To lock the signal frequency to an external clock source, press the Range switch (B) for one second. The Range LED blinks to indicate that the module is operating in clocked/PLL mode. In this mode, the frequency knob no longer controls the frequency of the signal, but instead the ratio between the output frequency and the clock input frequency - allowing both clock division and multiplication.
The available ratios are :
1⁄16 ; 1⁄12 ; 1⁄8 ; 1⁄6 ; 1⁄4 ; 1⁄3 ; 1⁄2 ; 3⁄5 ; 2⁄3 ; 3⁄4 ; 4⁄5
5⁄4 ; 4⁄3 ; 3⁄2 ; 5⁄3 ; 2 ; 3 ; 4 ; 5 ; 6 ; 8 ; 12 : 16
To exit the clocked/PLL mode, hold the Range switch (B) for one second.
TIME DOMAIN VS FREQUENCY DOMAIN
Have you ever wondered why LFOs commonly provide both an ascending and descending sawtooth wave, while there is no pure VCO providing both ascending and descending sawtooth outputs? The reason is the following: when a signal enters the audio frequencies, we stop perceiving it in terms of its variations in time (the waveform graph), and we start perceiving it in terms of frequencies. What is transmitted to your brain does not look like a waveform, but more like the (heavily processed) output of a filterbank. If you look at the output of a resonant filter, you’ll see wiggles near the sharp edges of the waveform. Do we hear each of them? Does it make the waveform sound “wiggly”? Certainly not! Unless of course we sample this signal and play it back at insanely low speed, so that the cutoff frequency gets transposed below the 10 Hz threshold!
Indeed, some parameters and settings which are totally relevant for slow modulations (envelopes/LFO), actually have little impact on the way a sound is perceived when the signal enters the audio territory. Some subtle changes like adding a discontinuity in the waveform have little impact at LFO rates, but drastic effects in the audio range; and reversely, there are many ways of messing with a waveform (such as shifting the phase of its harmonics) that are totally undetectable once it is played at audio rates. This fact explains how frustrating all those “draw the waveform with a stylus/touchscreen” tools can be!
Why are we telling you all this? To tell you that we conned you… When Tides is set to the high frequency mode (covering the audio range), it works differently from the low and medium ranges:
The Shape control offers a different set of waveshapes, chosen so that they are perceptually different from each other when played at audio rates.
The Slope control behaves in a more linear way, producing a sound reminiscent of PWM when modulated. In the low and medium frequency ranges, it has an exponential-like behavior allowing the creation of curves with very short attacks and very long decays (or vice-versa).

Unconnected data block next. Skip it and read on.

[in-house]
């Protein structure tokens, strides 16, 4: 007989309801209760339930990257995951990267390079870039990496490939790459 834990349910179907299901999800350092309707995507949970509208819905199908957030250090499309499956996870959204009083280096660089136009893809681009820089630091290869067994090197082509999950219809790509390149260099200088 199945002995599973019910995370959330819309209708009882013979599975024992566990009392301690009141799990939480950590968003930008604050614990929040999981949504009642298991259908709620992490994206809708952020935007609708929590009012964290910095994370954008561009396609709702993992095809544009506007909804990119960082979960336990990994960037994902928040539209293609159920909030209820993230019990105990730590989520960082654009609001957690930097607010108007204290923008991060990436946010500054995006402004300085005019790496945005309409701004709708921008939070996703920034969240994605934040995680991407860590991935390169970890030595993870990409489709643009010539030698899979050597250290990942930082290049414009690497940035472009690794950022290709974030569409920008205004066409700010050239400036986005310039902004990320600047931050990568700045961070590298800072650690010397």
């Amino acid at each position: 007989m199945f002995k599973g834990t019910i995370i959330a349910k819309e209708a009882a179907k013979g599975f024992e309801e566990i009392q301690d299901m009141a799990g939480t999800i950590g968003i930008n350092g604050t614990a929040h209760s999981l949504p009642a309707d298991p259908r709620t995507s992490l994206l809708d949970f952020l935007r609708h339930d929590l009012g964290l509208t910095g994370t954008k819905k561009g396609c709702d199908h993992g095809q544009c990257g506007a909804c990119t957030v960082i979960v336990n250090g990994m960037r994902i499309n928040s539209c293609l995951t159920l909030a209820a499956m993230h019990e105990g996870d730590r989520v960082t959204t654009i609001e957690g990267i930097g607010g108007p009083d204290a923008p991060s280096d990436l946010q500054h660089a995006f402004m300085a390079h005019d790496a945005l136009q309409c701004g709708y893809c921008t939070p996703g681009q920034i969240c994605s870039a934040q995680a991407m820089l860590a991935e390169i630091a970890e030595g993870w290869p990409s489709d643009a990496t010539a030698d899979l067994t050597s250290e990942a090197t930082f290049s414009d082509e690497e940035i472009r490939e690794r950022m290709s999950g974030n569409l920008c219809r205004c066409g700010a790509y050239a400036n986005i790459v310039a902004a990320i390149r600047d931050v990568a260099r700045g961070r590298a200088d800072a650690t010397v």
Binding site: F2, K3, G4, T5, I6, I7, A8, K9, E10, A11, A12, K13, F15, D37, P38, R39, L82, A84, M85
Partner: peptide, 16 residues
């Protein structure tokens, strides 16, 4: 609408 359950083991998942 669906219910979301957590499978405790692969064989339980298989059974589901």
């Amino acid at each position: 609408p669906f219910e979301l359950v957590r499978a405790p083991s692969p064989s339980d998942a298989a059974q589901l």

Amplitude scale/offset errors are more likely to occur in the high range - the reason being that smoothing has to be applied to some sections of the waveform to prevent aliasing.
The module is factory-calibrated using precision voltage sources. Follow this procedure only if you want to compensate for inaccuracies in your CV sources, or if your module has lost its calibration settings following a fault or the installation of alternative firmware.
CV input calibration
This automatic procedure calibrates the V/Oct input (scale and offset), the FM input (offset), and the level input (offset).
Set the FREQUENCY knob to its center position.
Connect a patch cable to the FM input. Leave the other end of the cable unplugged (this prevents the normalling to ~1 semitone to be activated).
Connect a patch cable to the Level input. Leave the other end of the cable unplugged (this prevents the normalling to full scale to be activated).
Connect a MIDI>CV interface or precision voltage source to the V/Oct input.
Hold the Mode switch (A) for one second. All LEDs are lit in yellow.
Play a C2 note, or send a 1V voltage from your CV source.
Press the mode switch (A). All LEDs are lit in green.
Play a C4 note, or send a 3V voltage from your CV source.
Press the mode switch (A).
The module is now calibrated for accurate V/Oct operation!
Bipolar output offset calibration
Remove any patch cable from the trigger input.
Set the mode to AD or AR (mode LED is red or green).
Set the range to medium (range LED is off).
Measure the voltage on the bipolar output. Adjust the trimmer on the back of the board so that this voltage reaches 0V.
FIRMWARE UPDATE PROCEDURE
Unplug all CV inputs/outputs from the module. Connect the output of your audio interface/sound card to the FM input (7). Power on your modular system with Tides’ mode switch (A) pressed. The 3 LEDs will blink, with a yellow color.
Make sure that no additional sound (such as email notification sounds, background music etc.) from your computer will be played during the procedure. Make sure that your speakers/monitors are not connected to your audio interface - the noises emitted during the procedure are aggressive and can harm your hearing. On non-studio audio equipment (for example the line output from a Desktop computer), you might have to turn up the gain to the maximum.
When you are all set, play the firmware update file into the module. The LEDs show a cyclic pattern and periodically flash green upon receiving a valid block of data. The unit reboots after the last packet has been received.
In case the signal level is inadequate or too high, the procedure will stop and all 3 LEDs will be lit in red. Try adjusting the output level, press the mode button and retry from the start of the update file.